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Austerity Ecology & the Collapse-Porn Addicts: A Defence Of Growth, Progress, Industry And Stuff

4.1 out of 5 stars 8 customer reviews
ISBN-13: 978-1782799603
ISBN-10: 1782799605
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Editorial Reviews

Review

"In an age of wilting ambition and self-imposed frugality, Leigh Phillips has written an important rallying cry for both the desirability and possibility of a radically better future. Against the austerity of neoliberalism and the austere life of the 'small is beautiful' crowd, Phillips reasserts our capacity to go beyond parochial constraints. This is a work that deserves to be read widely." - Nick Srnicek, co-author of Inventing the Future and the Accelerationist Manifesto

"As erudite as it is justifiably polemical. Leigh Phillips takes no prisoners. The book should be titled "Manifesto for the Green Jacobins", and read in the spirit of The Holy Family, Or a Critique of Critical Criticism about the Bauers. A refreshing antidote to technological pessimism. Cures intellectual drowsiness." - Calestous Juma, Director of the Science, Technology and Globalization Project at the Havard Kennedy School's Belfer Center for Science and International Affairs

About the Author

Leigh Phillips is a science and EU affairs journalist who has written for Nature, the Guardian, the New Statesman, and Jacobin.
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Product Details

  • Paperback: 304 pages
  • Publisher: Zero Books (October 30, 2015)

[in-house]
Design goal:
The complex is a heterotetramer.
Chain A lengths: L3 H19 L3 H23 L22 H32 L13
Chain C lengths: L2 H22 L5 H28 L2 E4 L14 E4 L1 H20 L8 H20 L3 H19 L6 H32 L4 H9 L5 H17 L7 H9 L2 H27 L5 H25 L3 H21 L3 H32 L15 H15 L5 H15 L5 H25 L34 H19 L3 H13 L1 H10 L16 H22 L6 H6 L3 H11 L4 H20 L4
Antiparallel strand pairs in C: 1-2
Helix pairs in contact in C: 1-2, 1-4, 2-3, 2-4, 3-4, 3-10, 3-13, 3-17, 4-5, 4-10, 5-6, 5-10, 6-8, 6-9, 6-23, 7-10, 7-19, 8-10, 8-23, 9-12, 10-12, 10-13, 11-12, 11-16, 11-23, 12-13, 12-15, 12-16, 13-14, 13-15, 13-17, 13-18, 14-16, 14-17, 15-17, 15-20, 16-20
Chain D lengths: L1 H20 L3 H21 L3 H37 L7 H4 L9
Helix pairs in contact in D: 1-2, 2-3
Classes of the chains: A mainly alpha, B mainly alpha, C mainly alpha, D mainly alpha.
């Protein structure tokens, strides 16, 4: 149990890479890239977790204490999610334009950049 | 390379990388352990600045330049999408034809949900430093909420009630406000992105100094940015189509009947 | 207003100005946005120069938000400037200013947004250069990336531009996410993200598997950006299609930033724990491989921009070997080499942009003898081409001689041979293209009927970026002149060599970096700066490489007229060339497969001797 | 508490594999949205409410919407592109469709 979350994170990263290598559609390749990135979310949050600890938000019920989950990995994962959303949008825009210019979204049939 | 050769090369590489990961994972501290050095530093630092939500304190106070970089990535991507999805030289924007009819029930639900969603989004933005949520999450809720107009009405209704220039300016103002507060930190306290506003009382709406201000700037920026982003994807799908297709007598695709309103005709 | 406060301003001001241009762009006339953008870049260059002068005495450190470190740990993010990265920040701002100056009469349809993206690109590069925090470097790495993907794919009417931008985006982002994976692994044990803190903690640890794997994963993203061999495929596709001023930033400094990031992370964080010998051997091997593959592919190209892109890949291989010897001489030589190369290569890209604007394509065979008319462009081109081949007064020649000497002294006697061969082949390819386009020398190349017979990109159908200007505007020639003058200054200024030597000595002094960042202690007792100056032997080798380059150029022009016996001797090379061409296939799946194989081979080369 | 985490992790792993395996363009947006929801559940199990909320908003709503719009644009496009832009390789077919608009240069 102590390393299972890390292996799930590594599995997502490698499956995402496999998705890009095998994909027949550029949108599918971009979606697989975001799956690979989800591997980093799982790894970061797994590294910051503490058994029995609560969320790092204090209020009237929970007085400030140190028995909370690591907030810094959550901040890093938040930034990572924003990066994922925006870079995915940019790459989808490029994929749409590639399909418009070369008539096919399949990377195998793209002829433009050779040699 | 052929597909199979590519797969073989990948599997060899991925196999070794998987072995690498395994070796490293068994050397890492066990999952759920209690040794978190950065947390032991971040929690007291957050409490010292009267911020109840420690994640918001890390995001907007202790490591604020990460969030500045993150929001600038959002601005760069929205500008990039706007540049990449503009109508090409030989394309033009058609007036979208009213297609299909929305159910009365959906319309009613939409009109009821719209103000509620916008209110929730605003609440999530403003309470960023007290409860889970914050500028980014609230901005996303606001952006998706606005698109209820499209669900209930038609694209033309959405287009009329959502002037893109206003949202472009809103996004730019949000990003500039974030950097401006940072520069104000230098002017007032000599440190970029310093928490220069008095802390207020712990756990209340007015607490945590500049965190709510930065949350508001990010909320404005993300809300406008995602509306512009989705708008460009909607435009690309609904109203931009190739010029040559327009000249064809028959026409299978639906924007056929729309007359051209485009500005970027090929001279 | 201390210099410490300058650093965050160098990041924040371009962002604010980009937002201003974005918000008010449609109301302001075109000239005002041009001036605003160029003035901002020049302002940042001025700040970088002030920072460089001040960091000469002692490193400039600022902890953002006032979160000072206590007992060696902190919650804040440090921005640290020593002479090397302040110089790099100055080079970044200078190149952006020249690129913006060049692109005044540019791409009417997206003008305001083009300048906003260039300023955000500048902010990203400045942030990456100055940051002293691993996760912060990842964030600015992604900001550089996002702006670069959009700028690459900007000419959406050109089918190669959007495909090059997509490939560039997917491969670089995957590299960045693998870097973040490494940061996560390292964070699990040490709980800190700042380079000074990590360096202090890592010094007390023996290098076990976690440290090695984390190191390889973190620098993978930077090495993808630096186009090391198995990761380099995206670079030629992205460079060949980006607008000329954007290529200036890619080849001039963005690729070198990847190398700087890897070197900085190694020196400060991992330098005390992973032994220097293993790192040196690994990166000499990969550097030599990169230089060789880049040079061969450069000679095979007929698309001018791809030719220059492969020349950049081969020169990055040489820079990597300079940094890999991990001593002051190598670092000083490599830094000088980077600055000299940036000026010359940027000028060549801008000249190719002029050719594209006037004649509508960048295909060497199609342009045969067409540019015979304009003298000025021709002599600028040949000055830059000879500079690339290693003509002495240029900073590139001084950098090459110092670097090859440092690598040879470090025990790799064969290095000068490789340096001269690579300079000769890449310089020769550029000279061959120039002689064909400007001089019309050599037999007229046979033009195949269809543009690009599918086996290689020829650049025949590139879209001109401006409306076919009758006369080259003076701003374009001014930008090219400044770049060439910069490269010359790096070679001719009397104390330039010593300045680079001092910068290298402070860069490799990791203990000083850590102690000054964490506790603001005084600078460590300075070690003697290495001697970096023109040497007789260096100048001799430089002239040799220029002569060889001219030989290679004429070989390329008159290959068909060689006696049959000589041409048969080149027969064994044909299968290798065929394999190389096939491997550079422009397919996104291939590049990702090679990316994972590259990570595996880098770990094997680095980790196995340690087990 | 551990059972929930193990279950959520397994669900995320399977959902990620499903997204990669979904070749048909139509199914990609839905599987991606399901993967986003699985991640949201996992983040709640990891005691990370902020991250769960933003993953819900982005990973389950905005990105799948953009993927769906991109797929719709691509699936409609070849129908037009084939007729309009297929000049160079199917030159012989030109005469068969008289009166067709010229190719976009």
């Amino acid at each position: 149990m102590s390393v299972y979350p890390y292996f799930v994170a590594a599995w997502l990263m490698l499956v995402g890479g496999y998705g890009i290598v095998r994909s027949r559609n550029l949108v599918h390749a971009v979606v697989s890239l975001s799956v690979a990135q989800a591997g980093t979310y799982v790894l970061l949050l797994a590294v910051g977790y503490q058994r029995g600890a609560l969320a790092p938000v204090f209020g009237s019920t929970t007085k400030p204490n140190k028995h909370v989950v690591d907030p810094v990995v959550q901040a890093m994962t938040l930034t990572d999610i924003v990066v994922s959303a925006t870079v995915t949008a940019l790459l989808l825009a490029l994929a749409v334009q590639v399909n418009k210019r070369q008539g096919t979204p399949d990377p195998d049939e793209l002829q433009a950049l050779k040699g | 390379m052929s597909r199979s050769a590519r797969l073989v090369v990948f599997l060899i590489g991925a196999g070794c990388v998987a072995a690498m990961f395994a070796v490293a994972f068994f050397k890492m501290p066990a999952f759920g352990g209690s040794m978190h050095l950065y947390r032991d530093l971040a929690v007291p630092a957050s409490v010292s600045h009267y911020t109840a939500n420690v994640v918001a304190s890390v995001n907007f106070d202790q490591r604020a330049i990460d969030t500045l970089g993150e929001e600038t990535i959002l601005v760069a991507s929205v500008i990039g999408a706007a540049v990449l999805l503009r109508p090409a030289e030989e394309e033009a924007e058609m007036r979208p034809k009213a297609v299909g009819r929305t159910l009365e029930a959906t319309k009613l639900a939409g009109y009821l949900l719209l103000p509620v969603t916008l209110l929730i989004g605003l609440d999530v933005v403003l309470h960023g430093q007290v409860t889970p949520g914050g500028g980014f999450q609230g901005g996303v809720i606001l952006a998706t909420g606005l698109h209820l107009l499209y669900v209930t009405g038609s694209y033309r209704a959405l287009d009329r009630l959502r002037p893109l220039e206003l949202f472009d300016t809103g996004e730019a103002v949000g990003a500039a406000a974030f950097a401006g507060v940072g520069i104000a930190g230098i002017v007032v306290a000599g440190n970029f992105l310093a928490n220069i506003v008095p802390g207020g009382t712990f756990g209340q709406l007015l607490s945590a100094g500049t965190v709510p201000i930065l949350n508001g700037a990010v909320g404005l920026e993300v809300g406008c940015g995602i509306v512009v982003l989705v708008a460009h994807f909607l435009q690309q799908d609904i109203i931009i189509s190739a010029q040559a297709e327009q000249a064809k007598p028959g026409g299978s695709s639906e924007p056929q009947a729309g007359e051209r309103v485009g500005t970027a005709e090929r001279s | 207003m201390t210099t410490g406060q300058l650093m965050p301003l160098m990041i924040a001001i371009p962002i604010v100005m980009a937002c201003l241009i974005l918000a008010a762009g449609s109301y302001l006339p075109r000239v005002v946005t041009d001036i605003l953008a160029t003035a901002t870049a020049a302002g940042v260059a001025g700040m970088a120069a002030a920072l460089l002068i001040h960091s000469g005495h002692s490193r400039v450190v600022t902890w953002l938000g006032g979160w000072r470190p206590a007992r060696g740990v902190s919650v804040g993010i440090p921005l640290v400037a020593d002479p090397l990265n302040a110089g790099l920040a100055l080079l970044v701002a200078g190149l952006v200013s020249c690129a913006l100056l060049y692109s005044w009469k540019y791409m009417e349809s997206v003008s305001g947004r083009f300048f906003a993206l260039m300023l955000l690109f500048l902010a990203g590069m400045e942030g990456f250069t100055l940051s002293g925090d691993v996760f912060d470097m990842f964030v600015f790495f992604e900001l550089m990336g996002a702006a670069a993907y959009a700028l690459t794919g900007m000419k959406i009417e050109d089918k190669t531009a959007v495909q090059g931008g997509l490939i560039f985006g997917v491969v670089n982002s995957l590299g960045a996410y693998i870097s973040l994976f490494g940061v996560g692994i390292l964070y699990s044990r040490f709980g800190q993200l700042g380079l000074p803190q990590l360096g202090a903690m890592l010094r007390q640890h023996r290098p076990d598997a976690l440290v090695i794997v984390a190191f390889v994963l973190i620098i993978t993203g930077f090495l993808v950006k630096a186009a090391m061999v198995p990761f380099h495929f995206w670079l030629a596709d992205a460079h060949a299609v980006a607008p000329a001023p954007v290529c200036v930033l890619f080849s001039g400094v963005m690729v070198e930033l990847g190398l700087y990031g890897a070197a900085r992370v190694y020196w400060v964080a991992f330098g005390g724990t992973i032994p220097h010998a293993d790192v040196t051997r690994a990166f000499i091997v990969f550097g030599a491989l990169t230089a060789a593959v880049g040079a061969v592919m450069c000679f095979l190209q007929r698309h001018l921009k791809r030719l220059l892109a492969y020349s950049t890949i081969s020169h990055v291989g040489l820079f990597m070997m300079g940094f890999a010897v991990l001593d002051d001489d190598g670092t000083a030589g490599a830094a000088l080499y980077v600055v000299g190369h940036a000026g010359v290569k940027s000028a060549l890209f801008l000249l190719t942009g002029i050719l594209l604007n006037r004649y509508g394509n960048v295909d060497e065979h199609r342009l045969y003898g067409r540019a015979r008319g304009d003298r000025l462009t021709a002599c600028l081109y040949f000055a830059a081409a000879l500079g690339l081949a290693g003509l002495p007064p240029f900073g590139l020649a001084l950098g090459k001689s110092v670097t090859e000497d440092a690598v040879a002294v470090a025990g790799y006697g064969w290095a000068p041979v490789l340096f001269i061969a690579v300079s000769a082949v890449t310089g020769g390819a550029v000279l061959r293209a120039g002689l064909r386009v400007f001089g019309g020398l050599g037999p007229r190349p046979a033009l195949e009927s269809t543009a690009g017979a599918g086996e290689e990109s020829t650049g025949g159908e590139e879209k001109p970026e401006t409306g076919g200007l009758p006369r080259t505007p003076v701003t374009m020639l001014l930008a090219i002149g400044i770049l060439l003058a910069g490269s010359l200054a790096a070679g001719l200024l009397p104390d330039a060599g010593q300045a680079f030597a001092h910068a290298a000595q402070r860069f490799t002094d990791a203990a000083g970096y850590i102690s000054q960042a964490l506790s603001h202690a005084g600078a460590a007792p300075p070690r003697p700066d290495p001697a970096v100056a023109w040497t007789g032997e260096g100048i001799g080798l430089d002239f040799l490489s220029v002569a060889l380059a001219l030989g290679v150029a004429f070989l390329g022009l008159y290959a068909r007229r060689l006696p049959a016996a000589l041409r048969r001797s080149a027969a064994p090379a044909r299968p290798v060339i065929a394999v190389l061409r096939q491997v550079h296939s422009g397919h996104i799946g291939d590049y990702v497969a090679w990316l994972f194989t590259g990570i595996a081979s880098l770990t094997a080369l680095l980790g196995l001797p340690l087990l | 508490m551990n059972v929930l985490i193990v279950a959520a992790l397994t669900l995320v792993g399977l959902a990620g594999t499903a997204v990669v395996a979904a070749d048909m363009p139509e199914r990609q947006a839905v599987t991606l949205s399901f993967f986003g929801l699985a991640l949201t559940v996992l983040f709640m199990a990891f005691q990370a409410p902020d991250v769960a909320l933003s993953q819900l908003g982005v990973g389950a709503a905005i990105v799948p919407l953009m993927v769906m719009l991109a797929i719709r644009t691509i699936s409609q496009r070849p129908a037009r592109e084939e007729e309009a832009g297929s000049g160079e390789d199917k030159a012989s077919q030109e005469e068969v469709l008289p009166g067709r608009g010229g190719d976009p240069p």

• Language: English
  • ISBN-10: 1782799605
  • ISBN-13: 978-1782799603
  • Product Dimensions: 5.4 x 0.6 x 8.6 inches
  • Shipping Weight: 12.6 ounces (View shipping rates and policies)
  • Average Customer Review: 4.1 out of 5 stars  See all reviews (8 customer reviews)
  • Amazon Best Sellers Rank: #663,775 in Books (See Top 100 in Books)

Customer Reviews

Top Customer Reviews

Format: Paperback
I read this book to get an idea of what some valid Marxist/leftist responses would be to the growing degrowth movement.
However, I was seriously disappointed.
While the book does provide a good survey of environmental issues, on the whole, the analysis fails to be self-consistent.
Apart from many nit-picky problems I could highlight (at a rate of about 2 per page--which can get draining) I had two overall issues with the claims Phillips made.
First--poor treatment of the term growth, and by extension, economic growth. This was the only definition of growth that I could find:

"Of course, one might argue that I'm being far too loose with the terms growth, progress, and invention, which begin to blur here. But then, as well they should, as perhaps what it means to be human is to invent, to progress, to grow. To constantly strive for an improvement in our condition. To overcome all barriers in our way."

For a book with the subtitle, "A defense of growth, progress, industry and stuff", it's a bit of a cop out if your definition of growth simply falls back to "any Good Thing that has existed, ever."
This poor defense of growth was also rooted in a very poor treatment of the degrowth position. While he did list some degrowth scholars out there, he clearly did not do his research and engage with the literature, which is incredibly diverse and holds many different positions--from more apolitical to more political, defining degrowth as shrinking the economy to using it simply as a critique of the idea of economic growth.